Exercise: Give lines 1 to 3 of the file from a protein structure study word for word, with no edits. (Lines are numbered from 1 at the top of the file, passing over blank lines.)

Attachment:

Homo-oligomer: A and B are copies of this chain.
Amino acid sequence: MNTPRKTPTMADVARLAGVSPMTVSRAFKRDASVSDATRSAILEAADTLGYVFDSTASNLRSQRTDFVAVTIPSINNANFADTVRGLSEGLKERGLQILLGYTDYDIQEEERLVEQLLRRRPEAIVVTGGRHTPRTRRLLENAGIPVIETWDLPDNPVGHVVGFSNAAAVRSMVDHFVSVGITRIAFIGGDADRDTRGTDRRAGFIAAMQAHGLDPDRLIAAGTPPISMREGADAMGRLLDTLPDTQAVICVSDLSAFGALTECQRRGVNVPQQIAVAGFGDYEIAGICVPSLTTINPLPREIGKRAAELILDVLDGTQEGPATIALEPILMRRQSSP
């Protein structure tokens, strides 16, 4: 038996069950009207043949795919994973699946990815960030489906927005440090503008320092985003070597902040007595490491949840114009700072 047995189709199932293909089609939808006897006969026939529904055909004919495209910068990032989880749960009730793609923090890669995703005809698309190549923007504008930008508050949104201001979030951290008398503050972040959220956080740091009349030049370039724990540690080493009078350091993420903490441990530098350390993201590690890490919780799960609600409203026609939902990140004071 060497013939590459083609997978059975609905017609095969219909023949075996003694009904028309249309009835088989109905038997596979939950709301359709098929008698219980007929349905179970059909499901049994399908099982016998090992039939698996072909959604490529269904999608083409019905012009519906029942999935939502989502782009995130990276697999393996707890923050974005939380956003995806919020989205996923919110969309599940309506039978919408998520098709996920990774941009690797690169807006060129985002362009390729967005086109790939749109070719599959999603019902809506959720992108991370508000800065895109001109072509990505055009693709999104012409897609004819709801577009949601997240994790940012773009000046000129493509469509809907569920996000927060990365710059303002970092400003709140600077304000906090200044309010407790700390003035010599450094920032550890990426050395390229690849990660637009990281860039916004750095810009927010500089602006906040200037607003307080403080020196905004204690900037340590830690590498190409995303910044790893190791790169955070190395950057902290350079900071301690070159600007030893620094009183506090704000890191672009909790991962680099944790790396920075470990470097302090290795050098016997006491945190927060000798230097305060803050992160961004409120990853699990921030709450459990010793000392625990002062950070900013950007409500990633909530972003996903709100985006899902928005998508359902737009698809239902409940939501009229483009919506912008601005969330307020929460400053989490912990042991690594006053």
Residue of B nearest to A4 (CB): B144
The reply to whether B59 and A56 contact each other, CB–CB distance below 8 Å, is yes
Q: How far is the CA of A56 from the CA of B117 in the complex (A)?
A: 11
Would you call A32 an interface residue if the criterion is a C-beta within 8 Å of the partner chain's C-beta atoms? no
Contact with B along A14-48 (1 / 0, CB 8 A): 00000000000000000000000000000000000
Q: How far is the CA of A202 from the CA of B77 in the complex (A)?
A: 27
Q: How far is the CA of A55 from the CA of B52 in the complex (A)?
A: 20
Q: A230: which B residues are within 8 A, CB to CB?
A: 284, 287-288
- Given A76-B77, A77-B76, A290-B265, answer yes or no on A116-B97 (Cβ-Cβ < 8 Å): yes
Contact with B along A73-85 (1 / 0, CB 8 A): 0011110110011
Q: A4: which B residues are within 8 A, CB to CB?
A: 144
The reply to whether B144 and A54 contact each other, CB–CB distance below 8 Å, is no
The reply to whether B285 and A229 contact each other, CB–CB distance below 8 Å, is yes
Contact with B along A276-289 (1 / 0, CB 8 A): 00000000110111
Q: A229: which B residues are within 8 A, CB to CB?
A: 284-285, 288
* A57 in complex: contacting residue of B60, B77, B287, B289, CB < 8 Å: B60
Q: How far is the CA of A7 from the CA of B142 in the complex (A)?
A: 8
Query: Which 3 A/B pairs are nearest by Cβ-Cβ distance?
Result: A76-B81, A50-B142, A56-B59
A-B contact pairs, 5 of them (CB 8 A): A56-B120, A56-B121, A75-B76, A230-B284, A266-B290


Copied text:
Homo-oligomer: A and B are copies of this chain.
Amino acid sequence: MNTPRKTPTMADVARLAGVSPMTVSRAFKRDASVSDATRSAILEAADTLGYVFDSTASNLRSQRTDFVAVTIPSINNANFADTVRGLSEGLKERGLQILLGYTDYDIQEEERLVEQLLRRRPEAIVVTGGRHTPRTRRLLENAGIPVIETWDLPDNPVGHVVGFSNAAAVRSMVDHFVSVGITRIAFIGGDADRDTRGTDRRAGFIAAMQAHGLDPDRLIAAGTPPISMREGADAMGRLLDTLPDTQAVICVSDLSAFGALTECQRRGVNVPQQIAVAGFGDYEIAGICVPSLTTINPLPREIGKRAAELILDVLDGTQEGPATIALEPILMRRQSSP
């Protein structure tokens, strides 16, 4: 038996069950009207043949795919994973699946990815960030489906927005440090503008320092985003070597902040007595490491949840114009700072 047995189709199932293909089609939808006897006969026939529904055909004919495209910068990032989880749960009730793609923090890669995703005809698309190549923007504008930008508050949104201001979030951290008398503050972040959220956080740091009349030049370039724990540690080493009078350091993420903490441990530098350390993201590690890490919780799960609600409203026609939902990140004071 060497013939590459083609997978059975609905017609095969219909023949075996003694009904028309249309009835088989109905038997596979939950709301359709098929008698219980007929349905179970059909499901049994399908099982016998090992039939698996072909959604490529269904999608083409019905012009519906029942999935939502989502782009995130990276697999393996707890923050974005939380956003995806919020989205996923919110969309599940309506039978919408998520098709996920990774941009690797690169807006060129985002362009390729967005086109790939749109070719599959999603019902809506959720992108991370508000800065895109001109072509990505055009693709999104012409897609004819709801577009949601997240994790940012773009000046000129493509469509809907569920996000927060990365710059303002970092400003709140600077304000906090200044309010407790700390003035010599450094920032550890990426050395390229690849990660637009990281860039916004750095810009927010500089602006906040200037607003307080403080020196905004204690900037340590830690590498190409995303910044790893190791790169955070190395950057902290350079900071301690070159600007030893620094009183506090704000890191672009909790991962680099944790790396920075470990470097302090290795050098016997006491945190927060000798230097305060803050992160961004409120990853699990921030709450459990010793000392625990002062950070900013950007409500990633909530972003996903709100985006899902928005998508359902737009698809239902409940939501009229483009919506912008601005969330307020929460400053989490912990042991690594006053």